Just in time for Eurovision, one of the UK’s leading self-driving companies, Oxbotica, has a signed a long-term strategic partnership with Swedish disruptive mobility organisation, NEVS.
The agreement will see Oxbotica integrating its Driver autonomy system into NEVS’ eye-catching Sango electric vehicle (EV). The result: a fleet of self-driving, all-electric vehicles providing on-demand mobility services on geo-fenced public roads by the end of 2023.
“Gimme, gimme, gimme a robotaxi after midnight” as Swedish super troup and multi-Eurovison winners, ABBA, nearly said.
If successful, “multiple projects in Europe” will follow in 2024 and, from 2025 onwards, the solution will be “scaled across the globe”.
Its new partner, National Electric Vehicle Sweden AB (NEVS), was established in 2012, with roots from the 1940s, and is based in Trollhättan in Sweden’s famous automotive cluster.
Commenting on the NEVS partnership, Gavin Jackson, new CEO at Oxbotica, said: “The combination of Oxbotica Driver and this stunning, next-generation, electric vehicle is a perfect match.
“It allows us to create an urban mobility service that will make roads safer, cleaner, and less congested, and provide customers with a new way to travel. The partnership will truly change how the earth moves and I can’t wait to see the first vehicles out on the road next year.”
Stefan Tilk, President at NEVS, said: “Having a partnership with Oxbotica and being able to progress substantially with its autonomous stack as the “driver”, will indeed make the ecosystem of our mobility solution complete.
“Through this partnership we will be able to deploy pilots and commercial fleets – ensuring a breakthrough in the movement of people in a green, safe and smart way, paving the way for sustainable cities.”
As detailed in Queen’s Speech 2022 lobby pack, the self-driving sector is predicted to be worth £41.7bn to the UK economy by 2035. The winner takes it all, apparently.
Somewhat surprisingly, as it had been trailed, there was no mention of self-driving in the 2022 Queen’s Speech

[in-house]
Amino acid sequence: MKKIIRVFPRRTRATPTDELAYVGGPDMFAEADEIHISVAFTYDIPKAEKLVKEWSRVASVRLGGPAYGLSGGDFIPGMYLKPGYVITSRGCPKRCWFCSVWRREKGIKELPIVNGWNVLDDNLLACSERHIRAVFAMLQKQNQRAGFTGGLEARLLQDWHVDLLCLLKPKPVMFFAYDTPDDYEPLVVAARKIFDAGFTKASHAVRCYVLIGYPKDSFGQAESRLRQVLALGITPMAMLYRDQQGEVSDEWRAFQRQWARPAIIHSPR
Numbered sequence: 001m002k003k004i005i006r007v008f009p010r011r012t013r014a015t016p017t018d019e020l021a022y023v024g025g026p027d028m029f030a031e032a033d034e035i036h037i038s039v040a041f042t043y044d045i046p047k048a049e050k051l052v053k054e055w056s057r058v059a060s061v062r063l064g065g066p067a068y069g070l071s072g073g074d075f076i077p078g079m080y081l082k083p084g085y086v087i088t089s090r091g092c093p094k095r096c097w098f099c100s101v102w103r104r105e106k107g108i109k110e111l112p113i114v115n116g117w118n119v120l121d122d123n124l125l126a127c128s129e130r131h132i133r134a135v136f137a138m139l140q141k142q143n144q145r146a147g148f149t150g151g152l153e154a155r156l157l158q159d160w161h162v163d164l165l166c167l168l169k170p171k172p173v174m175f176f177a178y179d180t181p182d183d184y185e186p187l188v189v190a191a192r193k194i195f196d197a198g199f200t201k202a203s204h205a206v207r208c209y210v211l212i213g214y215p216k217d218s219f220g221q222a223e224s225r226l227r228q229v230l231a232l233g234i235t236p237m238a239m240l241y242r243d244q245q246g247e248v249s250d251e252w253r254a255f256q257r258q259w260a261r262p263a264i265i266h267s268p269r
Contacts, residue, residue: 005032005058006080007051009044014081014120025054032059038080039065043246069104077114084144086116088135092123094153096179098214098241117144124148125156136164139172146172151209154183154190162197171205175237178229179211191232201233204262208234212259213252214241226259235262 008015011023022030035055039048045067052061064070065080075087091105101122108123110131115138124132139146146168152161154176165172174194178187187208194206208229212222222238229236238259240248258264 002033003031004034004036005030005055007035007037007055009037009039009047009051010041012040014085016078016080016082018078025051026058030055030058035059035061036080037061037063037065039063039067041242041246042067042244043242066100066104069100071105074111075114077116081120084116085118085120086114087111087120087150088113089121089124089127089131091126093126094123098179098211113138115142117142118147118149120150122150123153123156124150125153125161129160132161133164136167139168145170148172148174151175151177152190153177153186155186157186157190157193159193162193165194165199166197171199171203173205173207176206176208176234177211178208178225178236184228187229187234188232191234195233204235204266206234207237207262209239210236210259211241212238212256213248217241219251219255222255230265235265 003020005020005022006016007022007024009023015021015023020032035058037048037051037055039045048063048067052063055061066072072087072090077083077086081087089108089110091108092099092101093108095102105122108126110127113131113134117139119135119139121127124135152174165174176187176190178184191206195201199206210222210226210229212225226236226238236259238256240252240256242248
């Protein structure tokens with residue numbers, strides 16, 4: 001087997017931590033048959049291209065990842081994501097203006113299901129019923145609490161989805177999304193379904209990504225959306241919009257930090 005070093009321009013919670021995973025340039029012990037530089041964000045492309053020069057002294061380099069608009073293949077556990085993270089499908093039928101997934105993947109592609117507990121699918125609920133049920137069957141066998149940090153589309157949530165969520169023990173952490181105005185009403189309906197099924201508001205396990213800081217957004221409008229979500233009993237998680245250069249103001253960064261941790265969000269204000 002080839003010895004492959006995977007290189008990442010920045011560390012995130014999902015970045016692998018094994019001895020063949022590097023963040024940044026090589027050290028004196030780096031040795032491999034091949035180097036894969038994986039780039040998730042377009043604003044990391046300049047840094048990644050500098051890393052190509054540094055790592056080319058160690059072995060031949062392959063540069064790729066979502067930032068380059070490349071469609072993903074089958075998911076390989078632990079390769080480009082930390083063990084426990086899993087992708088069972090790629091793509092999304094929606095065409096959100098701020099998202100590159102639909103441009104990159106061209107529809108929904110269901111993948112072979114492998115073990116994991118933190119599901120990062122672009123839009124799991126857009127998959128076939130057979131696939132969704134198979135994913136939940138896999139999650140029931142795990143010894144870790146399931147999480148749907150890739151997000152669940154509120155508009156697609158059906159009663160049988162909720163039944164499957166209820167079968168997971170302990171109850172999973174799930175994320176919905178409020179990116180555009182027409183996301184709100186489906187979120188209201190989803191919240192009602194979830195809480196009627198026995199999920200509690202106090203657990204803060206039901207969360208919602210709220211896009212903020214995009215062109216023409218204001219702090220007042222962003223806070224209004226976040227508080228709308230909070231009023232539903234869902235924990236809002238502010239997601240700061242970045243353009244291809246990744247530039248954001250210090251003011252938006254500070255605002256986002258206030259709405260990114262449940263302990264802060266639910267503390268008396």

The 2022 Queen’s Speech – delivered by Prince Charles following Monday’s announcement that the monarch would not attend – set out the UK government’s legislative programme but, somewhat disappointingly, there was no mention of self-driving.
… and the Queen’s Speech 2022: Transport In Focus article, published on the House of Lords Library webpage on 5 May, which said: “The speech is expected to include several measures concerning transport… establishing a new rail body; regulating the sale of e-scooters; and providing for driverless cars.”
Indeed, the only transport sector to get a special mention was rail: “Legislation will be introduced to modernise rail services and improve reliability for passengers.”
It was left to others to fill in the gaps.
AA president, Edmund King, said: “The world of transport is changing rapidly with new innovations and technologies for consumers to choose from. Regardless of how people travel, we must keep the consumer at the heart of it.
“For car owners, the drive towards electrification needs more support and we are pleased to see more emphasis on boosting the public charging network. As well as installing more chargepoints, we need to ensure they are reliable, easy to use, safe and accessible to all.
“Similarly, drivers will need to be part of the conversation when it comes to introducing more autonomous technology in cars. Drivers are not quite ready to take their hands off the wheel and are nervous about handing over responsibility to the car but are supportive of technology such as autonomous emergency braking which enhances safety.
“With e-scooters and other forms of micro-mobility popping up more frequently on UK roads, it makes sense that safety regulation should come first. If introduced alongside appropriate infrastructure, e-mobility could help provide a positive shift in greener localised travel both for individuals and last-mile freight.”
Other parts of the speech which may be relevant to self-driving included “An Energy Bill to deliver the transition to cheaper, cleaner, and more secure energy” and the announcement that “The United Kingdom’s data protection regime will be reformed”.
Ah well, remember the glory days when, at the state opening of parliament, the Queen said: “My ministers will ensure the UK is at the forefront of technology for new forms of transport, including autonomous and electric vehicles.” That was back in 2016.
[Edit at 11.30am on Wed 11 May ]
Our thanks to Felix Boon, Solicitor and Senior Claim Adjuster at Zurich Insurance, for pointing out that, deep in the Queen’s Speech 2022 lobby pack (on page 31 of 140), there are couple of brief references to self-driving:
“Legislation for self-driving vehicles will enable an emerging UK sector in this new technology, predicted by the Connected Places Catapult in 2020 to be worth £41.7 billion to the UK economy by 2035 and expected to create 38,000 new skilled jobs.”
“Introducing new laws that safely enable self-driving and remotely operated vehicles and vessels, support the roll-out of electric vehicle charge points and enabling the licensing of London pedicabs.”
Apparently not worthy of inclusion in the actual Speech!
VW and Volvo CEOs talk connected and automated mobility (CAM) at the FT’s Future of the Car Summit 2022.
Connected and automated mobility (CAM) featured prominently on the first morning of the four-day Future of the Car Summit 2022, hosted by Financial Times Live.
The online-only first day (Monday 9 May), ahead of in-person and digital events tomorrow and Wednesday, included big name vehicle manufacturer speakers – Volkswagen Group CEO, Herbert Diess, and Volvo Cars CEO, Jim Rowan.